While most 13-year-old girls grew up chasing boys, Karastin Anderson grew up chasing them up and down the football field. After having developed a love for the sport playing backyard football in the inner city, Karastin moved to Grundy County with her grandmother, where she played wide receiver and cornerback on the J.V. team her sophomore year. 

"The first year I kinda stood in the back" says Karastin. "I got in where ever I could and then as the years progressed, I realized I knew how to do this."

"I don't treat her any different" says Head Coach Casey Tate. "I brag on her, and she deserves to be bragged on. She's worked really hard, and thinking about where she came from, I kinda feel like I watched her grow up from a little girl to a young woman, and I''m as proud of her as any football player I've ever coached."

Karastin starts on the J.V. team, but it wasn't until her senior season that coach felt she earned her first varsity start in their game against York. 

"She never lobbies for playing time" says coach. "Nothing has been given to her, she earned it."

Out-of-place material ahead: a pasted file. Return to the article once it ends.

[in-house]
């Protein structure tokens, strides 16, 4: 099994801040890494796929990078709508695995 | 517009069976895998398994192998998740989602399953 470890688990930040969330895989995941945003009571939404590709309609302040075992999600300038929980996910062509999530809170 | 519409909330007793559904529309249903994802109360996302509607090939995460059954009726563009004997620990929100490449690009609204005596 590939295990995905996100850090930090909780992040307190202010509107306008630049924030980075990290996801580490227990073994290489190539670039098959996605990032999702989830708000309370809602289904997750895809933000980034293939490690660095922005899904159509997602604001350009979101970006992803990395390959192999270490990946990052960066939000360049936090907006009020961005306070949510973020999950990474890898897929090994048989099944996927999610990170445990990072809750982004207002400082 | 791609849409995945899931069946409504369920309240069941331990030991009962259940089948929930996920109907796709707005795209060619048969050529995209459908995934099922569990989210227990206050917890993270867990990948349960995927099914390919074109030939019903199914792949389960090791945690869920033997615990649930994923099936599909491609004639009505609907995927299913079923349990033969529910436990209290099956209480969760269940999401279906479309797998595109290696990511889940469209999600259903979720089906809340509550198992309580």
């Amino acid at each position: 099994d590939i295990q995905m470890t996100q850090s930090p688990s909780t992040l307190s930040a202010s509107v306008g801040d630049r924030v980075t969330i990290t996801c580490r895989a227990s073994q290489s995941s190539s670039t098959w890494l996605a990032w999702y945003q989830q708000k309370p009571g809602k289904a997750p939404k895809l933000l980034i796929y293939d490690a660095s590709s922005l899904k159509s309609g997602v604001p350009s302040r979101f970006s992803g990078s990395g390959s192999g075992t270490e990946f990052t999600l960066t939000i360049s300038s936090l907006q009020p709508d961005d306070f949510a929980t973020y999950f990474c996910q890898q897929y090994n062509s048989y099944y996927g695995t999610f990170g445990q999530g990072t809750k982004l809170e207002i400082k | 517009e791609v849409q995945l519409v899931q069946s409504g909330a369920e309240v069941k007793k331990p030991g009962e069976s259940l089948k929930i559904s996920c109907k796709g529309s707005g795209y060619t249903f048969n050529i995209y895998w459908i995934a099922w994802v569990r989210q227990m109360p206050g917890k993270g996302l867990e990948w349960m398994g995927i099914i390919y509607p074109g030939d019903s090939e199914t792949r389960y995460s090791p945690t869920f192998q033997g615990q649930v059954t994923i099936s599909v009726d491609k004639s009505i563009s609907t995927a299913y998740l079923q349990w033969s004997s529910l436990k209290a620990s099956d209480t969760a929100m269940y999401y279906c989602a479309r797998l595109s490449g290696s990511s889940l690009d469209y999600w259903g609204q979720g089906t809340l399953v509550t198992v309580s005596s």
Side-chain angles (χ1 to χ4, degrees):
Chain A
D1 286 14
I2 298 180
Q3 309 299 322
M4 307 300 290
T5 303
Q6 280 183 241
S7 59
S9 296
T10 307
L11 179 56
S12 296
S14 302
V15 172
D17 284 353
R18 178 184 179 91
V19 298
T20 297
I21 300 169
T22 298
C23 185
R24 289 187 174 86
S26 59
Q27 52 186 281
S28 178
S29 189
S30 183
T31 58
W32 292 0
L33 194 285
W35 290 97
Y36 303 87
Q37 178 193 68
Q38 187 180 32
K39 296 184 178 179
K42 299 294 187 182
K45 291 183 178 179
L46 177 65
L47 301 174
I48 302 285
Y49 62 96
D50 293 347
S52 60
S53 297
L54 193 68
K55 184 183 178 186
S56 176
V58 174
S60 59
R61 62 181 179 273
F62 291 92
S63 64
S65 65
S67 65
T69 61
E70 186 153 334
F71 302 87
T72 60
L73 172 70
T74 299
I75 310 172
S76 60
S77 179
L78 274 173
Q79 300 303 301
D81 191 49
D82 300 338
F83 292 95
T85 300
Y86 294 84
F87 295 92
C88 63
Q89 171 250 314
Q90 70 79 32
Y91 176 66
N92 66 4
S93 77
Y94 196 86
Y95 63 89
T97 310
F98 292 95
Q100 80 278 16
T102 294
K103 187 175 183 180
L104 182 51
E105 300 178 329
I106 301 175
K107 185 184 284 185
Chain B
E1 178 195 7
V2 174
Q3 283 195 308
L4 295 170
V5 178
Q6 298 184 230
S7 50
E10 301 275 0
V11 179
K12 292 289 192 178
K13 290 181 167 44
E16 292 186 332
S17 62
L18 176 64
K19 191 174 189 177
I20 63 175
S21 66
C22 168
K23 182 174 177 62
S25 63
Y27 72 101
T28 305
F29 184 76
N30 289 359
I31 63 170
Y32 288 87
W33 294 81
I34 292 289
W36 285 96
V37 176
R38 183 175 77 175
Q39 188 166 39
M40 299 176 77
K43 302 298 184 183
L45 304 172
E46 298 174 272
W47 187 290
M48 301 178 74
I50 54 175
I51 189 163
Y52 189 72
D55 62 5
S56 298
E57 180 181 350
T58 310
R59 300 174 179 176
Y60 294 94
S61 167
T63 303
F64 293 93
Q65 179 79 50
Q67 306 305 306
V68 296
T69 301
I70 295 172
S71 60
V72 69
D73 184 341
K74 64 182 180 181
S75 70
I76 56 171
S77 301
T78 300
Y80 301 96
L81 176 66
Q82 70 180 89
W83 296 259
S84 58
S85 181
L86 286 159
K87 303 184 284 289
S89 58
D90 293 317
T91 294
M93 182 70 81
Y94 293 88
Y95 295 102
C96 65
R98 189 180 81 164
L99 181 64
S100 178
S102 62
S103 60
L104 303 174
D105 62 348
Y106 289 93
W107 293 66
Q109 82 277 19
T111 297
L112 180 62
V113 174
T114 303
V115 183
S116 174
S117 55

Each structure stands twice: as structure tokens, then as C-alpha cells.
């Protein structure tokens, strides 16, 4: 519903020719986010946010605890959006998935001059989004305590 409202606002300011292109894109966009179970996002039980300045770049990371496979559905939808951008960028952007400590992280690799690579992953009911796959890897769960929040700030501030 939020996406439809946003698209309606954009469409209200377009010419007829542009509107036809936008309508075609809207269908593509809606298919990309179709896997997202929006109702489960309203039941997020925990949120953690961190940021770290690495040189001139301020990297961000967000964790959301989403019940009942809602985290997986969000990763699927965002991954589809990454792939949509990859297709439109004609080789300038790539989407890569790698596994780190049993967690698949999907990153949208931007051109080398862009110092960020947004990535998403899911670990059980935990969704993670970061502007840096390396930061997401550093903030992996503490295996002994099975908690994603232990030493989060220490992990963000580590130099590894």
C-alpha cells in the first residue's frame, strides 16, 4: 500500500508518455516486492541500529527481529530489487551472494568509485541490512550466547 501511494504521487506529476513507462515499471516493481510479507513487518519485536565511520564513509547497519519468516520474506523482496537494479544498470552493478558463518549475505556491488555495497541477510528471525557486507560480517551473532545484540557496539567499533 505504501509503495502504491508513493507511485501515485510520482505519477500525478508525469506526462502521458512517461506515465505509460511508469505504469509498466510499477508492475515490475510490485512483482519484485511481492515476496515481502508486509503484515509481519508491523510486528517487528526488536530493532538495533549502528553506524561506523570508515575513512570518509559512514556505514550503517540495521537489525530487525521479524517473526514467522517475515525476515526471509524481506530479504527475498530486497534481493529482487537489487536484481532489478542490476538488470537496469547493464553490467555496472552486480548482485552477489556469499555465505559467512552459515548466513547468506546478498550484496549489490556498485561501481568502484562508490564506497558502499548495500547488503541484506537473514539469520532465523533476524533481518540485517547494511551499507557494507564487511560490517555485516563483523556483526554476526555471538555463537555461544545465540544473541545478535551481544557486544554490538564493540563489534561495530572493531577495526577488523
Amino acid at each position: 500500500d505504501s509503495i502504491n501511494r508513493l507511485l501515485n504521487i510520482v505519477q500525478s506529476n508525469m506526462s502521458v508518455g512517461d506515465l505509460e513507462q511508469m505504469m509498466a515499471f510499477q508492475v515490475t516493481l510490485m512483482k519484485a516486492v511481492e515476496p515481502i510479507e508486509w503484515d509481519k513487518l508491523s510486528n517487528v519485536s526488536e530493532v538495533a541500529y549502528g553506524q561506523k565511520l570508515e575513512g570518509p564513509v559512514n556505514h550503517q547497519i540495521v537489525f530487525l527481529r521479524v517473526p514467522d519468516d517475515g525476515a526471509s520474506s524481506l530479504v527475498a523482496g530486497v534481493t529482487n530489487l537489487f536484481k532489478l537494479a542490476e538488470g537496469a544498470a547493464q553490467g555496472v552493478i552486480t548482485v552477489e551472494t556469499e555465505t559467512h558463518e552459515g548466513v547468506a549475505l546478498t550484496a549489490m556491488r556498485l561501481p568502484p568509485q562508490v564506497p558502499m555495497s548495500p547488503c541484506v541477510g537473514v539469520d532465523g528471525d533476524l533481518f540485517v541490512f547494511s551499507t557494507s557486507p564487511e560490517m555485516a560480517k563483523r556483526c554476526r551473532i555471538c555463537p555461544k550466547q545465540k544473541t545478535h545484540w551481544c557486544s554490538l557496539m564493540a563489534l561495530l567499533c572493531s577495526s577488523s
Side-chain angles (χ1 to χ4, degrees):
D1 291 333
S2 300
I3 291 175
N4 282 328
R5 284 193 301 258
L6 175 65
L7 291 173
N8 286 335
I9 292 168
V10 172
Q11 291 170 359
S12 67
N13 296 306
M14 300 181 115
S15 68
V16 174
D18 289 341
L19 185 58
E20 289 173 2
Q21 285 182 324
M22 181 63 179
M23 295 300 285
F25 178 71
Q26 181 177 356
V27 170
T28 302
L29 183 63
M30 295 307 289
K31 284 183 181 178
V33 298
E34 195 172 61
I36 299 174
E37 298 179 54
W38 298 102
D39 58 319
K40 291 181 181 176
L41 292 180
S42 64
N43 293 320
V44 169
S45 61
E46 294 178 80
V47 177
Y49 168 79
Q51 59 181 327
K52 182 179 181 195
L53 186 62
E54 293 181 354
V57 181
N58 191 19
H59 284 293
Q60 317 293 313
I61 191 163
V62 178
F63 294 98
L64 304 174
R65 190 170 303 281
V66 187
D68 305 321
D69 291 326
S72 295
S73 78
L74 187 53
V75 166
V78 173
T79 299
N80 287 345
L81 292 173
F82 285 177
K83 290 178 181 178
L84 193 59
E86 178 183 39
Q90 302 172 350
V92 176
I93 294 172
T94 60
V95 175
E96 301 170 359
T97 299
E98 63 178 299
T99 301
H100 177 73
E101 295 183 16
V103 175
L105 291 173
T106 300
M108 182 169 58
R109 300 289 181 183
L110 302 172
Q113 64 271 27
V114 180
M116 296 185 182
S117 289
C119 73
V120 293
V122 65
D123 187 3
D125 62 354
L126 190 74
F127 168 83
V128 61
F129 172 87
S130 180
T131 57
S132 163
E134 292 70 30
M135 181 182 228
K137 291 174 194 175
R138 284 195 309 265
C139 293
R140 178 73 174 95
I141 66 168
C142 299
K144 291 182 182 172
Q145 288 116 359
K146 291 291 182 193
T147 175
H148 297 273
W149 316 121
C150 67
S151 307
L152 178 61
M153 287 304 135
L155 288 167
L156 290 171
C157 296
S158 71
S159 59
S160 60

On top of criticism from kids at school, Karastin also endures prejudice on the football field, where she says multiple opponents have targeted her unfairly, and sometimes painfully. But in spite of all of the adversity, she finds strength in her family of Yellow Jackets. 

"I love my teammates. I'm about to cry just thinking about leaving because I don't want to leave. It has probably changed my life."

Karastin's father, who passed away when she was in the 7th grade, always believed she could do whatever she wanted in life. Since then, proving that girls can do anything they put their mind to has been her motivation through high school, and her passion in life.  

"There's this new quote that I found that says 'she believed she could so she did.' That's kinda been my motto in life. If you believe you can do it, you can do it."